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Five Best Practices for Safeguarding Against Ransomware Attacks:
- Backup your data, system images, and configurations, regularly test them, and keep the backups offline: Ensure that backups are regularly tested and that they are not connected to the business network, as many ransomware variants try to find and encrypt or delete accessible backups. Maintaining current backups offline is critical because if your network data is encrypted with ransomware, your organization can restore systems.
- Update and patch systems promptly: This includes maintaining the security of operating systems, applications, and firmware, in a timely manner. Consider using a centralized patch management system; use a risk-based assessment strategy to drive your patch management program.
- Test your incident response plan: There’s nothing that shows the gaps in plans more than testing them. Run through some core questions and use those to build an incident response plan: Are you able to sustain business operations without access to certain systems? For how long? Would you turn off your manufacturing operations if business systems such as billing were offline?
- Check your security team’s work: Use a 3rd party pen tester to test the security of your systems and your ability to defend against a sophisticated attack. Many ransomware criminals are aggressive and sophisticated and will find the equivalent of unlocked doors.
- Segment your networks: There’s been a recent shift in ransomware attacks – from stealing data to disrupting operations. It’s critically important that your corporate business functions and manufacturing/production operations are separated and that you carefully filter and limit internet access to operational networks, identify links between these networks and develop workarounds or manual controls to ensure ICS networks can be isolated and continue operating if your corporate network is compromised. Regularly test contingency plans such as manual controls so that safety-critical functions can be maintained during a cyber incident
Scammers Await the American Rescue Plan Act
As part of the American Rescue Plan Act, eligible families will get monthly payments from the government from July 15 through December 2021. The Internal Revenue Service (IRS) will send these monthly payments directly to people through direct deposit, paper checks, or debit cards. This inevitably leads to fraud scams targeting your customers. Institutions should begin updating their loss prevention plans to look for suspicious activity and by notifying customers that:
- Only the IRS will be sending these payments. Anyone trying to “help” you get your child tax credit is really after your money.
- The government will NEVER call, text, email, or DM you out of the blue, asking for money or information. Keep your money — and your Social Security, bank account, debit, and credit card numbers — to yourself
- No legitimate agency will ever demand that you pay by gift card, wire transfer through companies like Money Gram or Western Union, or cryptocurrency. That’s a scam, every time.
Stay Ahead of the Scam- Call Spoofing
Call spoofing is a tactic used by criminals to make a fraudulent call appear legitimate. These scammers transmit text to your caller ID making it look like your bank, the government, or a trusted company is calling. So how do you stay ahead of the scam?
- Be cautious if your caller ID indicates Union Bank, the government, or other organization is calling.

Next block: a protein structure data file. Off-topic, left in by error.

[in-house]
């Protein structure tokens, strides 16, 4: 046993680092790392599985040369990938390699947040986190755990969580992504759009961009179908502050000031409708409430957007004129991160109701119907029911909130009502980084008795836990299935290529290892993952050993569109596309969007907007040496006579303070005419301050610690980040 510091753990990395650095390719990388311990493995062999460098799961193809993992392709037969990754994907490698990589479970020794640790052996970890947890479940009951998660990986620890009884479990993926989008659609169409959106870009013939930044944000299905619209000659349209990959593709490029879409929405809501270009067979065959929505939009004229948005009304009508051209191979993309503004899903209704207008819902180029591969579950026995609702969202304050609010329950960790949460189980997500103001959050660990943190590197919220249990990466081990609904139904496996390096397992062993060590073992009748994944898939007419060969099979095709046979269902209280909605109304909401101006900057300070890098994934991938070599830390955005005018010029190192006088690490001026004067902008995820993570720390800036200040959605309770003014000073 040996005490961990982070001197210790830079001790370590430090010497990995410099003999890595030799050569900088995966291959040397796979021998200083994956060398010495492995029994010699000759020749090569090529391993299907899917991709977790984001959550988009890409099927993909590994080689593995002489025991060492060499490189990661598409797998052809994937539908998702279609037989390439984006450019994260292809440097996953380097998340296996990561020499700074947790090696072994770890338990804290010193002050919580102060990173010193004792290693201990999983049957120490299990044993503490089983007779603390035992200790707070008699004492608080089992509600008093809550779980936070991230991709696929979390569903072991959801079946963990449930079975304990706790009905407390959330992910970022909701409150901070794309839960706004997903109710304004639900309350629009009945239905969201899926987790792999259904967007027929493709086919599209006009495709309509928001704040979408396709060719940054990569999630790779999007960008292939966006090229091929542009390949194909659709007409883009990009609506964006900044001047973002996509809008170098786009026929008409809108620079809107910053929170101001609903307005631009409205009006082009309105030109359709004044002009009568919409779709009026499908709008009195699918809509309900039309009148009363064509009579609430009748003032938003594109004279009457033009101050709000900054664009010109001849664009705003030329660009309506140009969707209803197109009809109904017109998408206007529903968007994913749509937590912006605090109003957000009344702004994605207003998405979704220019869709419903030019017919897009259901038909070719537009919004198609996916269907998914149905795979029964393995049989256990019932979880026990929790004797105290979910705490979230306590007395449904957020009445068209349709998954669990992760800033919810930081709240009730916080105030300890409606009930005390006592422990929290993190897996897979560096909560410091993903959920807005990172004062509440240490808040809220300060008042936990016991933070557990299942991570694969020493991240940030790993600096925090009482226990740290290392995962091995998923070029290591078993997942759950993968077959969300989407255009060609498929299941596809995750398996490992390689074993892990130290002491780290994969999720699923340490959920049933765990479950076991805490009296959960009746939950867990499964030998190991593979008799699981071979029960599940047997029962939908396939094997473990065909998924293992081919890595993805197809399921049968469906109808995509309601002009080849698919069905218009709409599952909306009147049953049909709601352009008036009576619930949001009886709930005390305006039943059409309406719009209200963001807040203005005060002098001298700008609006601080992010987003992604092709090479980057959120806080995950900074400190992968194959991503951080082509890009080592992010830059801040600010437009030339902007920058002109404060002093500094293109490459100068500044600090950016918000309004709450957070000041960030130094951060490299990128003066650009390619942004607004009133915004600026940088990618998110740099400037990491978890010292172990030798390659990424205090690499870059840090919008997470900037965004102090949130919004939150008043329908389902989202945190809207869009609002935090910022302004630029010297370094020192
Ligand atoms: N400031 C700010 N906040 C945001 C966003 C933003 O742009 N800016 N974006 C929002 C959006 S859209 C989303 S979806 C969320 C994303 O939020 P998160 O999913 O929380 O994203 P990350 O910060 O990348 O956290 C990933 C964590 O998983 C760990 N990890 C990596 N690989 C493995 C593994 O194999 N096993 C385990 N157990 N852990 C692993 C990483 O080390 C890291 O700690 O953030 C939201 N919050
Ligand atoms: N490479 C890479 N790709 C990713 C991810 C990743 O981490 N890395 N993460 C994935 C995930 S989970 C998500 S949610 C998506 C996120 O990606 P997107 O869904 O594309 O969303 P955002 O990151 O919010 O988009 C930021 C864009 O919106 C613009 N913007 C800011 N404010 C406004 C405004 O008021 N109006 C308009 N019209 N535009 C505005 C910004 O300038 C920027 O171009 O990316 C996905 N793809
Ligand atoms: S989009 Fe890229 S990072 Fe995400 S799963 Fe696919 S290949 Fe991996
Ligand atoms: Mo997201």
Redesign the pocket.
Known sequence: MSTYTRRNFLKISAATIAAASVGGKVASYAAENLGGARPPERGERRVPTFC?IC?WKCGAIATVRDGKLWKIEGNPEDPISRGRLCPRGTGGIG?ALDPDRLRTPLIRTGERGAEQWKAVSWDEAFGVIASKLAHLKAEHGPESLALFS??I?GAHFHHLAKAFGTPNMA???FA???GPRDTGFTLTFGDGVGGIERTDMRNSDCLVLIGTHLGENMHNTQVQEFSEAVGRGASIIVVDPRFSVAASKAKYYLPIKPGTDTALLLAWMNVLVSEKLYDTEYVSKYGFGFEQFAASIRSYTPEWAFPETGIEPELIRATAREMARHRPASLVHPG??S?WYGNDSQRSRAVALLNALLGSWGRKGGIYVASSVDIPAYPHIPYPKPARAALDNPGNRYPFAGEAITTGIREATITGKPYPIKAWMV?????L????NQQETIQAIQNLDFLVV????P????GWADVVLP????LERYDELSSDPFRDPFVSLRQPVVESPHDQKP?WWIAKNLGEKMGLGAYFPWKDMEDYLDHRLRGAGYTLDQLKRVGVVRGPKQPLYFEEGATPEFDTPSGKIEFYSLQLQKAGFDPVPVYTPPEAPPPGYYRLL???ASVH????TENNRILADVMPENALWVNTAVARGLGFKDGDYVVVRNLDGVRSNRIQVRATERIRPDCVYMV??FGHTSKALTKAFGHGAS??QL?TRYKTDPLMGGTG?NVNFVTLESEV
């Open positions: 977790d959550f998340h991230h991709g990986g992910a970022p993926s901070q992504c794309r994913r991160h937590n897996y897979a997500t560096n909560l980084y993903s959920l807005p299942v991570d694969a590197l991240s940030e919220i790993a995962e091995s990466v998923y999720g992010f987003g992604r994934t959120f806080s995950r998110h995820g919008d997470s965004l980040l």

- Be suspicious. No legitimate organization will call you and request your account number, PIN, debit card, online banking credentials, or social security number.
- Don’t be intimidated. No legitimate organization will threaten you with arrest, require you to purchase gift cards to settle a debt, or ask you to conduct test transactions.
- Don’t be fooled. Scammers often do research on their victims and know personal information such as children’s/grandchildren’s names, dates of birth, or home addresses and will use this to attempt to sound legitimate.
If you are unsure about the legitimacy of a phone call that appears to be coming from Union Bank, hang up immediately and call your local branch or our Customer Care Team at 800.753.4343.
Scammers are always finding new ways to exploit victims. These basic precautions can help keep you from becoming a victim of fraud:
- Never share financial or personal information (passwords, social security numbers, accounts, PINs, etc.)
- Do not answer or follow links in suspicious emails. These could be attempts to trick you into revealing private information.
- Change passwords regularly and never use a date of birth or social security number as your password.
- Make sure your internet shopping sites use proper security (see “about our security” for more information).
- Consider receiving electronic instead of printed statements to avoid mail fraud.
- Monitor your accounts frequently and call us immediately at 1.800.753.4343 if you notice any suspicious activity.
- Make sure your computer is protected with anti-virus and firewall software and that security updates/patches are done automatically.
- If traveling abroad, do not use a publicly available computer for Internet banking unless you are sure it has been properly secured. If you will be using your debit card, be sure to advise our Electronic Banking Department before you travel.
- Don’t share credit card numbers or other personal information unless you’re buying from a company you know and trust.
- Don’t do business with a company that won’t give its name, address and telephone number.
Union Bank will NEVER solicit your personal information via email, text message or telephone call. If you receive an email or text asking for personal information regarding passwords, accounts etc., simply delete it. If you receive a suspicious communication from us, please let us know immediately.
Preventing Fraud Tips PDF